Cushing syndrome is a disorder that occurs when your body has a high level of the hormone cortisol.
The most common cause of Cushing syndrome is taking too much glucocorticosteroid medicine. Prednisone, dexamethasone, and prednisolone are examples of this type of medicine. Glucocorticoids mimic the action of the body’s natural hormone cortisol. These drugs are used to treat conditions such as asthma, skin inflammation, cancer, bowel disease, joint pain, rheumatoid arthritis.
Other people develop Cushing syndrome because their bodies produce too much cortisol. This hormone is made in the adrenal glands. Causes of too much cortisol are:
Most people with Cushing syndrome will have:
Skin changes that are often seen:
Muscle and bone changes include:
Women with Cushing syndrome often have:
Men may have:
Other symptoms that may occur with this disease:
The health care provider will perform a physical exam and ask about your symptoms and the medicines you are taking. Tell the provider about all medicines you have been taking for the past several months.
Laboratory tests that may be done to diagnose Cushing syndrome and identify the cause are:
Tests to determine the cause or complications may include:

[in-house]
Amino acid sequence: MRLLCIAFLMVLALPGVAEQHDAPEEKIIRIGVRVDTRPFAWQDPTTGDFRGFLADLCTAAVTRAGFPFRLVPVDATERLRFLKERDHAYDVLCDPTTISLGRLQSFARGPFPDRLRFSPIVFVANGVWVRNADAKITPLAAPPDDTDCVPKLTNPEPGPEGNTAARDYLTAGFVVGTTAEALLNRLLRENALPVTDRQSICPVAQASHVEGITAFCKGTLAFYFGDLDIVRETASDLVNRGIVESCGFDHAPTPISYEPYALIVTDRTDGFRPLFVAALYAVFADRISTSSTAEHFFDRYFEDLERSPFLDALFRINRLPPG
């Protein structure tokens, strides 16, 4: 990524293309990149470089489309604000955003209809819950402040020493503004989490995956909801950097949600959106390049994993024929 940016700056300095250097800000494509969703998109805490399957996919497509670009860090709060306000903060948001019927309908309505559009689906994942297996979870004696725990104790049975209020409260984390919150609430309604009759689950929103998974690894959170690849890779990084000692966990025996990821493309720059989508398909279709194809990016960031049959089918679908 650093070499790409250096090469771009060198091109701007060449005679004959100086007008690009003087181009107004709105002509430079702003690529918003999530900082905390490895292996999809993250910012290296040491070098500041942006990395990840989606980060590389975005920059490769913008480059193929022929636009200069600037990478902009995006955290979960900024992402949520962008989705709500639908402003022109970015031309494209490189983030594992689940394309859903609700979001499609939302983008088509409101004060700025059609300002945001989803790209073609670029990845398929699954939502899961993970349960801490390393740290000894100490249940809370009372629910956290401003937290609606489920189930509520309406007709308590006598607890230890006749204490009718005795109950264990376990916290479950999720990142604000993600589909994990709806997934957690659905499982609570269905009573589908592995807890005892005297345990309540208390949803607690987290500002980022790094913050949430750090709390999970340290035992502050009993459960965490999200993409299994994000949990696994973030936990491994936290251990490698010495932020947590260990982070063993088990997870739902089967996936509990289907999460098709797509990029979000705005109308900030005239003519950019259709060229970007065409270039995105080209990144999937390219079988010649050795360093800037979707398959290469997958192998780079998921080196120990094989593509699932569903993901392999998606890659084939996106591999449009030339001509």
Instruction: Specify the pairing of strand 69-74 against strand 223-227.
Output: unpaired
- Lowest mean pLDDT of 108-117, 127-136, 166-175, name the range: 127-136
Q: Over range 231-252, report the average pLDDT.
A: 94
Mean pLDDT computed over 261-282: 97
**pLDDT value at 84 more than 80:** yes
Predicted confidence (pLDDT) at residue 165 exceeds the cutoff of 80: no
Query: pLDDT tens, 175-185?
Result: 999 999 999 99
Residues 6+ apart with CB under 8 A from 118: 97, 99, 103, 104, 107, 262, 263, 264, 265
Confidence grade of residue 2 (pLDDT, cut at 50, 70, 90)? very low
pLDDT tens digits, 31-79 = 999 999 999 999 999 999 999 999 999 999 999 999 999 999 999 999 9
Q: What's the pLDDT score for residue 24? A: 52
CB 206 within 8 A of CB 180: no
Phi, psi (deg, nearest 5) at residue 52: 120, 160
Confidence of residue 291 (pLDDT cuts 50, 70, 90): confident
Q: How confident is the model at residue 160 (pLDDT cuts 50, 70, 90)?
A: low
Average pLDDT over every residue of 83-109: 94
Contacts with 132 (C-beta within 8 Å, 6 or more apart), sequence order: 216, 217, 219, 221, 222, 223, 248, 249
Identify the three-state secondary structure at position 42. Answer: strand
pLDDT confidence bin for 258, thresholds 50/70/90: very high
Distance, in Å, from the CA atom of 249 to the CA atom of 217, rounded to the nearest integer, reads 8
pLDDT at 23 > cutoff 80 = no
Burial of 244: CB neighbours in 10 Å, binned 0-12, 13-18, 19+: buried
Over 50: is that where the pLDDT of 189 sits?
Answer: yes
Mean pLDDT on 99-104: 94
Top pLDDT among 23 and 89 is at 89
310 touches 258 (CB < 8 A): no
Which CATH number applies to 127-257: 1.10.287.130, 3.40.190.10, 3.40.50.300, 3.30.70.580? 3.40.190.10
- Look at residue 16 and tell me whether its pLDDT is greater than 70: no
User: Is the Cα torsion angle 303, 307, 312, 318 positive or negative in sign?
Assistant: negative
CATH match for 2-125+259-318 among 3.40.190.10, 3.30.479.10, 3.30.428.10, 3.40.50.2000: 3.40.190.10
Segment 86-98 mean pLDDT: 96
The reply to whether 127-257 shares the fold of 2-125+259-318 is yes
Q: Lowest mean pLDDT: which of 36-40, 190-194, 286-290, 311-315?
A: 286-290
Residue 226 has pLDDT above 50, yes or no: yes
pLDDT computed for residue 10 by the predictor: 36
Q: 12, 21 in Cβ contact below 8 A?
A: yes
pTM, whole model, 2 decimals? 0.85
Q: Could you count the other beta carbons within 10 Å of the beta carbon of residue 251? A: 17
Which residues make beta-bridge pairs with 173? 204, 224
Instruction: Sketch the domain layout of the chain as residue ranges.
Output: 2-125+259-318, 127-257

Treatment depends on the cause.
With Cushing syndrome caused by a pituitary or a tumor that releases ACTH (Cushing disease), you may need:
Removing the tumor may lead to full recovery, but there is a chance that the condition will return.
Survival for people with ectopic tumors depends on the tumor type. Untreated, Cushing syndrome can be life-threatening.
Call your health care provider if you have symptoms of Cushing syndrome.
If you take a corticosteroid, know the signs and symptoms of Cushing syndrome. Getting treated early can help prevent any long-term effects of Cushing syndrome. If you use inhaled steroids, you can decrease your exposure to the steroids by using a spacer and by rinsing your mouth after breathing in the steroids.
Hypercortisolism; Cortisol excess
McGee S. Cushing syndrome. In: Evidence-Based Physical Diagnosis. 3rd ed. Philadelphia, Pa: Elsevier Saunders. 2012:chap 13.
Stewart PM, Krone NP. The adrenal cortex. In: Melmed S, Polonsky KS, Larsen PR, Kronenberg HM, eds. Williams Textbook of Endocrinology. 12th ed. Philadelphia, Pa: Elsevier Saunders; 2011:chap 15.
Susmeeta TS, Nieman LK. Cushing's syndrome: all variants, detection, and treatment. Endocrinol Metab Clin N Am. 2011;40:379-391.
Updated by: Brent Wisse, MD, Associate Professor of Medicine, Division of Metabolism, Endocrinology & Nutrition, University of Washington School of Medicine. Also reviewed by David Zieve, MD, MHA, Bethanne Black, and the A.D.A.M. Editorial team.
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